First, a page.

What is the story of a star
Once upon a time there was a unicorn, a phoenix and a centaur. These have one thing in common. They name three of the 88 constellations that were established by the International Astronomical Union in 1922. But how did these constellations come about?
Seen from the earth, the individual bright stars form an image, but the respective celestial bodies can be very different distances from our planet. This purely two-dimensional measurement of the starry sky is called spherical astronomy, the special constellations of stars are called asterisms.
Spread across the globe, the starry sky has served as a vital guide for a wide variety of cultures since the Neolithic Age. Constellations recurring in the annual rhythm determined the times for harvesting and sowing. They gave rhythm to people's lives and functioned as a calendar. But also to find your way around, especially for navigating on the high seas.
48 constellation names that we know today are rooted in ancient Greece, more precisely in the catalog of the constellations of Ptolemy. It is therefore hardly surprising that names such as Kassiopeia, Perseus or Hydra come from Greek mythology. They outlasted kingdoms and epochs.
Numerous attempts have been made to instrumentalize the constellations for political or religious purposes: Julius Schiller wanted to replace the “pagan” zodiac constellations, such as Scorpio or Libra, which can be traced back to the time of the Babylonians and ancient Egyptians, with the twelve apostles in 1627, for example. However, these have just as little established themselves as the names of various rulers whose court astronomers they wanted to immortalize in the night sky. One such historical constellation is the Royal Bull of Poniatowski, introduced in 1777 in honor of the Polish King Stanislaus Poniatowski. However, many can no longer be understood today. They came and went like the power of rulers.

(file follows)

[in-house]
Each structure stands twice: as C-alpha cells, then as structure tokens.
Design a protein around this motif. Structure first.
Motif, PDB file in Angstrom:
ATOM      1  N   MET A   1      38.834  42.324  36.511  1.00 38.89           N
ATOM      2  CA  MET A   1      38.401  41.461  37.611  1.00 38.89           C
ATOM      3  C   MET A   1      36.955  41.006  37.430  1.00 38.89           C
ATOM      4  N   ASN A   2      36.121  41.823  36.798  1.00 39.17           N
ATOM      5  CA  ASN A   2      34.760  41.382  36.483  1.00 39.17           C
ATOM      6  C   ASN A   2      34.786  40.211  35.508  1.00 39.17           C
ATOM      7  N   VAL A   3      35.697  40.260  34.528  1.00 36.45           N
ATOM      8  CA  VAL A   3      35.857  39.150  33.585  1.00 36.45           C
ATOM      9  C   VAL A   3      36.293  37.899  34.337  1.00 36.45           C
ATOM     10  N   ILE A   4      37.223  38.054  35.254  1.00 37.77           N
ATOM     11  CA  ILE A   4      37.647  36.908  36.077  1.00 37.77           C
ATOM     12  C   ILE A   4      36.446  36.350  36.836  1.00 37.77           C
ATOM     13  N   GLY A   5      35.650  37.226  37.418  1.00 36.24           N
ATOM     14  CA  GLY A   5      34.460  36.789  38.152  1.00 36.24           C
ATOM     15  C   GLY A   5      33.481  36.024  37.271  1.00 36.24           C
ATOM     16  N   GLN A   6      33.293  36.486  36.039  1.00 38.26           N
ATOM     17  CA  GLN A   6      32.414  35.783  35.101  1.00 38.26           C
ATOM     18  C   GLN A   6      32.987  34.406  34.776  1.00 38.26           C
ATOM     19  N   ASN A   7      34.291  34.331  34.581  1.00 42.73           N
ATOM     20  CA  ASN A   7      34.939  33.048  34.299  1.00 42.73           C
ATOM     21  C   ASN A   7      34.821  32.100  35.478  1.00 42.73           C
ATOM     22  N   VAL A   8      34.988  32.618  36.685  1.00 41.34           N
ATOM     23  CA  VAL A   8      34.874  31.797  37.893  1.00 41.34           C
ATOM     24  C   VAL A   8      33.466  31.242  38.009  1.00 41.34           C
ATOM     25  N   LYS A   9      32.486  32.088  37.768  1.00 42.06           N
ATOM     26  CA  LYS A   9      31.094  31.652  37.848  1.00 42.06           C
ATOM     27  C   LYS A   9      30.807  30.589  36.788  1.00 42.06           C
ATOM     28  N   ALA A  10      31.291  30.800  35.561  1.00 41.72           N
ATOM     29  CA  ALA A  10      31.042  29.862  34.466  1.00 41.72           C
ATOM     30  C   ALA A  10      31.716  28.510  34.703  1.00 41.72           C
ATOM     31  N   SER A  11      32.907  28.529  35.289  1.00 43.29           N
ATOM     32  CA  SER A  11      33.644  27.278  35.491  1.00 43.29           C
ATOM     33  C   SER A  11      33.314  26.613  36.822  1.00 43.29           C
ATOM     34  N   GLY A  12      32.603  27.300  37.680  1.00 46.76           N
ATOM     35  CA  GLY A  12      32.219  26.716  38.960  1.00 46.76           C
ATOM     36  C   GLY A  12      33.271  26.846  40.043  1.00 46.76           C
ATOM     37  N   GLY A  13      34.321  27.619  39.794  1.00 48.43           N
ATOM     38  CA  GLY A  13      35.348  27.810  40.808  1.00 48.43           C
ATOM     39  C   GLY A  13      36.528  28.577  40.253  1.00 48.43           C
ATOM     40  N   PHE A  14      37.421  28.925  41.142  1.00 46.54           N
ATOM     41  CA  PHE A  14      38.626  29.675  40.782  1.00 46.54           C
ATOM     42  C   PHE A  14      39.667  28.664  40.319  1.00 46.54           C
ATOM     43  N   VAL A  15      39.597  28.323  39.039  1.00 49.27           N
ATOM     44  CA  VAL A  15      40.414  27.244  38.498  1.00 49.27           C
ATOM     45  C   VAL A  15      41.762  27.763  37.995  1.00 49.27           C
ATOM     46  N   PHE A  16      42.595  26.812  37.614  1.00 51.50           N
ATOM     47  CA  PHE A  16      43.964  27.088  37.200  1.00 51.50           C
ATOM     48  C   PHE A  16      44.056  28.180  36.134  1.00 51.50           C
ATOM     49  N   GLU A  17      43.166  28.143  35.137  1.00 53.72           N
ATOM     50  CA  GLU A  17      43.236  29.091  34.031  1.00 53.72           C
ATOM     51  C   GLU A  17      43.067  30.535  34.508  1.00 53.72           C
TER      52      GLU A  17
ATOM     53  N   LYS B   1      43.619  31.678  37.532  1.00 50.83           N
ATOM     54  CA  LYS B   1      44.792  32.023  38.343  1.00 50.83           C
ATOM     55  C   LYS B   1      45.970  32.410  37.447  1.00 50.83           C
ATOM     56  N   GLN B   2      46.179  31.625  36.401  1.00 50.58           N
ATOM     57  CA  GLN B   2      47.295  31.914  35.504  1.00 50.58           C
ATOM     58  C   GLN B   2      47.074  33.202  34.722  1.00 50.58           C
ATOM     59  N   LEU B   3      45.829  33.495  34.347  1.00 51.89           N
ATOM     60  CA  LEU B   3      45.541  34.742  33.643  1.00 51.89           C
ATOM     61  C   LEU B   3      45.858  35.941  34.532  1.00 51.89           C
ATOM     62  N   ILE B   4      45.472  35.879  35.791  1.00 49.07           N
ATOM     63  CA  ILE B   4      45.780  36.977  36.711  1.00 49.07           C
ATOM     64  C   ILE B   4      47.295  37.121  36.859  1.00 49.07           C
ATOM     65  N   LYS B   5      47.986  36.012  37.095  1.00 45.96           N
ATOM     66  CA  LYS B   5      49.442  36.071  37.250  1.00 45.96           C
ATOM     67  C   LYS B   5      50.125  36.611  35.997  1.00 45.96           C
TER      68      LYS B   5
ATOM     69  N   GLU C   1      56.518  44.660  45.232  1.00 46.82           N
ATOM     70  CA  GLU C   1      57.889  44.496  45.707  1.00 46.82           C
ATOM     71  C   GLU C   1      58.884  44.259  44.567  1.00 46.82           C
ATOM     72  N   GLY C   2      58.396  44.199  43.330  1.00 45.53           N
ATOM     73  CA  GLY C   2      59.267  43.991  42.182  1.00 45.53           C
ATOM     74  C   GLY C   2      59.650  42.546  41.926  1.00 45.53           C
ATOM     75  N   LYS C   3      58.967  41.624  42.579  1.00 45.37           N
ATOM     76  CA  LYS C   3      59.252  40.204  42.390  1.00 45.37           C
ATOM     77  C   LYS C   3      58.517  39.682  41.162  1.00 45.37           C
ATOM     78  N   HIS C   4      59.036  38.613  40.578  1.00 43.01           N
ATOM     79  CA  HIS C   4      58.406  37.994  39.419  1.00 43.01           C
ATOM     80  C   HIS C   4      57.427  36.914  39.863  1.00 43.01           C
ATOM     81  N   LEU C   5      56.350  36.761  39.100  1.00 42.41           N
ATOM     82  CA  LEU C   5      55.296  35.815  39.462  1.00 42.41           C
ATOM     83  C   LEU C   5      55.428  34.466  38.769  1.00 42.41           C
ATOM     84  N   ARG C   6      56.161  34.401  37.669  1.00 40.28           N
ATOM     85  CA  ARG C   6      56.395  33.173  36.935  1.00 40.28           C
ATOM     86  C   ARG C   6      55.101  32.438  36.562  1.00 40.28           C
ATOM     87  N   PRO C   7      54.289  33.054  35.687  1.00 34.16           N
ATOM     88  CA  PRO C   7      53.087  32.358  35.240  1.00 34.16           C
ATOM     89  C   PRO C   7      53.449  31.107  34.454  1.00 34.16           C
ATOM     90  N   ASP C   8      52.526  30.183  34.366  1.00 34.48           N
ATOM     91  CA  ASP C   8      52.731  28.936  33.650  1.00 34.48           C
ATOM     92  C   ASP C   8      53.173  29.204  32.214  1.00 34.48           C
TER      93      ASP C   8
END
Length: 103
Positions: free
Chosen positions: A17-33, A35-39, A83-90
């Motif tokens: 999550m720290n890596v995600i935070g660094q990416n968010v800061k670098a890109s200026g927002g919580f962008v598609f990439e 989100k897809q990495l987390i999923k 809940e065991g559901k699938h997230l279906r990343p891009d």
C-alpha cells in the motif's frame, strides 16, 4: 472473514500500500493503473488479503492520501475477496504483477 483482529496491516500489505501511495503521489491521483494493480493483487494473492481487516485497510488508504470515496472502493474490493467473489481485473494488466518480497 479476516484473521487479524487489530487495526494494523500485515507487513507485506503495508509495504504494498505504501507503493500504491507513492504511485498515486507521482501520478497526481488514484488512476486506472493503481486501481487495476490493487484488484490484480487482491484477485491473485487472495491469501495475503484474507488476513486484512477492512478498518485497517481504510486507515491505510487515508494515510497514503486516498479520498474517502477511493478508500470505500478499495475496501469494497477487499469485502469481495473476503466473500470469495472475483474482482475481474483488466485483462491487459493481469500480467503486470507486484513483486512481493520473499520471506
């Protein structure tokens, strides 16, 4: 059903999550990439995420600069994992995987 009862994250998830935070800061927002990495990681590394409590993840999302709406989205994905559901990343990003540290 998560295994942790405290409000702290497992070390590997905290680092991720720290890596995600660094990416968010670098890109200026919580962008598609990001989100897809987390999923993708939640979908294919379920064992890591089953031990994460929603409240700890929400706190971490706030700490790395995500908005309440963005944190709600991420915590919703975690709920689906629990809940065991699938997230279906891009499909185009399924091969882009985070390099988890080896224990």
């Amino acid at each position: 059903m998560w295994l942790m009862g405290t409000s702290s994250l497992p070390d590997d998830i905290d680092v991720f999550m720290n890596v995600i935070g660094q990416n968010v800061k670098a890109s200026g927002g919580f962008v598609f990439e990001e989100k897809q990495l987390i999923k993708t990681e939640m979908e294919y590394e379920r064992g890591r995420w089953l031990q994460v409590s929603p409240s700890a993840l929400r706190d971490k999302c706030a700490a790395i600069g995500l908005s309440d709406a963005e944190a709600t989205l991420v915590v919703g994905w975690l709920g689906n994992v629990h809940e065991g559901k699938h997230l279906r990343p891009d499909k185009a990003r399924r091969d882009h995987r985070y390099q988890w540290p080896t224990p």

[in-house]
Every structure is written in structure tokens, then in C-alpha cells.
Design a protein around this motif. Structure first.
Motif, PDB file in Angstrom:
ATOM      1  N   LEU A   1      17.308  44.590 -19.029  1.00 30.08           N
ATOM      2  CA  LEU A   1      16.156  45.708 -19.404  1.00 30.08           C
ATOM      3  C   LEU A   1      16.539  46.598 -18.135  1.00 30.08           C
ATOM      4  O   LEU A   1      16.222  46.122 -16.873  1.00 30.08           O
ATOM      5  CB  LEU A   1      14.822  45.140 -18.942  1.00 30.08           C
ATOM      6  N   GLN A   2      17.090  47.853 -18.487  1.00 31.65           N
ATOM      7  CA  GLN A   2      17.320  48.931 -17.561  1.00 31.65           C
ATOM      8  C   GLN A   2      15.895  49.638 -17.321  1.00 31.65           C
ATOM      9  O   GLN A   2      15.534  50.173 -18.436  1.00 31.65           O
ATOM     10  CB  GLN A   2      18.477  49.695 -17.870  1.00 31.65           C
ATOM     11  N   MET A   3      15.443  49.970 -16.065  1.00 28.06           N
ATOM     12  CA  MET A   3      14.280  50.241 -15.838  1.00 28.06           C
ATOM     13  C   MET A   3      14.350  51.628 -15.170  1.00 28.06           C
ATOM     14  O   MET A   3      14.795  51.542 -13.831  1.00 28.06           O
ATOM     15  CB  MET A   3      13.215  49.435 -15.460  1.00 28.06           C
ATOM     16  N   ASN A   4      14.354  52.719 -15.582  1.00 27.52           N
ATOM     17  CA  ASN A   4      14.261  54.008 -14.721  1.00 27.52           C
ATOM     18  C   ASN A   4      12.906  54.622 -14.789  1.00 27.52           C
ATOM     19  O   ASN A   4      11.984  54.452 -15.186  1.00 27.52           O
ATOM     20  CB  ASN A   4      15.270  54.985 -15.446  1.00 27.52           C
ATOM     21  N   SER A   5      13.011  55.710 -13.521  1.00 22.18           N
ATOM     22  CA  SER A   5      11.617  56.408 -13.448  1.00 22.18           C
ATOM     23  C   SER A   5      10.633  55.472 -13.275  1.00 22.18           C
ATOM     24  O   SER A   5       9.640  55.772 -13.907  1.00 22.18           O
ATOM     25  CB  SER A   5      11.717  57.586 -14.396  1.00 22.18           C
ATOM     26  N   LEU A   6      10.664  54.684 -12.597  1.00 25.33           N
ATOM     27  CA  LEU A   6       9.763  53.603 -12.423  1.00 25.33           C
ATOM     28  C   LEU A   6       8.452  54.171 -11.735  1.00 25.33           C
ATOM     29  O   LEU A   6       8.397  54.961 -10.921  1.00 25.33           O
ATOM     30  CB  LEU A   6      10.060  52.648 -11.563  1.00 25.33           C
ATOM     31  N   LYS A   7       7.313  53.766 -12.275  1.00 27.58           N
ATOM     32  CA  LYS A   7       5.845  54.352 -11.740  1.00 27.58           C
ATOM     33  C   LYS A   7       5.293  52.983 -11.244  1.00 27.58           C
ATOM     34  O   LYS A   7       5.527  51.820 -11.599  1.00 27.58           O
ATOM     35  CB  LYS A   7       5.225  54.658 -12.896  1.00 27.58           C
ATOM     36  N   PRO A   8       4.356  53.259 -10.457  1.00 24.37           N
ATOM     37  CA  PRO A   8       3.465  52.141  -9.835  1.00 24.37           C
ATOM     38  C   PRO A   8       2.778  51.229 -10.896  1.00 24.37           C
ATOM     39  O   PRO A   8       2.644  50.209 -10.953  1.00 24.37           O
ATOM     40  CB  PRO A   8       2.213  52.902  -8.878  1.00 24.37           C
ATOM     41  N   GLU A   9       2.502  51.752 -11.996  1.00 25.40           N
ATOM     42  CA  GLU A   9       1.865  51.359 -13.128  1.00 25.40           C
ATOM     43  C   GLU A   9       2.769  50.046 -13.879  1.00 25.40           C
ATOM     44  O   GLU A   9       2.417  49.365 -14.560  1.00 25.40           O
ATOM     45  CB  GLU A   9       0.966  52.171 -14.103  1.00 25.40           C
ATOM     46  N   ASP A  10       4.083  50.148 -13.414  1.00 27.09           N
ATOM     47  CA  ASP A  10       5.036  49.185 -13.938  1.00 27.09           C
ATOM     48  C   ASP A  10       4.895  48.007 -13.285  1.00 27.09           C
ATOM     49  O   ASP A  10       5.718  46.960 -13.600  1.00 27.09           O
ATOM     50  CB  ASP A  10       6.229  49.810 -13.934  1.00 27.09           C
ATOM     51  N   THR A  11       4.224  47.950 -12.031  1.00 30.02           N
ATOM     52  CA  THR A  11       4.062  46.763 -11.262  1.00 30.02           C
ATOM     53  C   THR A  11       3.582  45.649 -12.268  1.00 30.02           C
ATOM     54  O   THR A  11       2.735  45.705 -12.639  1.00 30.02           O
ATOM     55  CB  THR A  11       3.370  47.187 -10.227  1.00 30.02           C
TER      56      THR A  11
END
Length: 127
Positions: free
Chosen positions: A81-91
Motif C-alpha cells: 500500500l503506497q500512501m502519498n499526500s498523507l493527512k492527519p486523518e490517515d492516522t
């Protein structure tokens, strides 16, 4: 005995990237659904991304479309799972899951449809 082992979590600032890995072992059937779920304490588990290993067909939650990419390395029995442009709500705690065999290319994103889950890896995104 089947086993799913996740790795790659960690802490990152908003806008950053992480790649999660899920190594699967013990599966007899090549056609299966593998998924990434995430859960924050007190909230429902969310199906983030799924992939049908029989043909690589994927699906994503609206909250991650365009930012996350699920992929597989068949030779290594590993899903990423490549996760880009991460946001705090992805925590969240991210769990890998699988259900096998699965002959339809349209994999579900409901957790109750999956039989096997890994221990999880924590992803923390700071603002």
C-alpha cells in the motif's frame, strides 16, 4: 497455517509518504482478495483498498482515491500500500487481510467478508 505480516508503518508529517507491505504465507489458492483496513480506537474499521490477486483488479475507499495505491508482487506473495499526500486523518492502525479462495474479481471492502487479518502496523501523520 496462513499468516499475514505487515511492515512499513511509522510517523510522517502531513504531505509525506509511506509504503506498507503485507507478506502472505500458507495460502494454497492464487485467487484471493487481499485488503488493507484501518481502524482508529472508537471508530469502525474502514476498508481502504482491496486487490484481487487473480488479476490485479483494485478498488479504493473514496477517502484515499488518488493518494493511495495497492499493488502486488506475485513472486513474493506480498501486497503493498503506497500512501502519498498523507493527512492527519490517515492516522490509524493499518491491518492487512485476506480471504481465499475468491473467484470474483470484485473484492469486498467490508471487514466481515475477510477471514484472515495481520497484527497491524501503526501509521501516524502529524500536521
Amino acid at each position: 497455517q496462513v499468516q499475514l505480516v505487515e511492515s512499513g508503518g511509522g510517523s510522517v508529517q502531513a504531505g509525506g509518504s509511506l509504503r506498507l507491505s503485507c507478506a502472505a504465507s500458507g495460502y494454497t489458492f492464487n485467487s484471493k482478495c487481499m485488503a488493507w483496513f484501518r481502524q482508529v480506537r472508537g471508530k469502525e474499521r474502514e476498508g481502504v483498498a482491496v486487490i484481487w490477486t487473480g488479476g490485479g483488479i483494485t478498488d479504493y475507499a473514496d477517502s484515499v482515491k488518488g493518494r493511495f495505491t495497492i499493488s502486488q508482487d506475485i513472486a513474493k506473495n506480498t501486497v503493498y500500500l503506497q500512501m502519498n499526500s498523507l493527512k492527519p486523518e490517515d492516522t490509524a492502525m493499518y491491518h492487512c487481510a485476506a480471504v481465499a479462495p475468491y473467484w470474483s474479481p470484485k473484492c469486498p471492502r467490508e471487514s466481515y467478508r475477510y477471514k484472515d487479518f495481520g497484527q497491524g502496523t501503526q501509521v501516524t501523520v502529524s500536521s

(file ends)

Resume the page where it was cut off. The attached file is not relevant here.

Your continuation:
Learn and recognize constellations
Probably the most famous constellation is the Big Dipper, which is actually part of the constellation of the Big Bear. To search for stars and constellations, patience is the most important virtue. If individual celestial bodies are known, it is worthwhile to orientate yourself on them and to go from there to the nearest one. Nowadays, apps and the like, like Universe2go, make star searches a lot easier. But it can't hurt to take a look at a good old star map beforehand to get an overview. Have lots of fun with it!
Image source: pixabay.com
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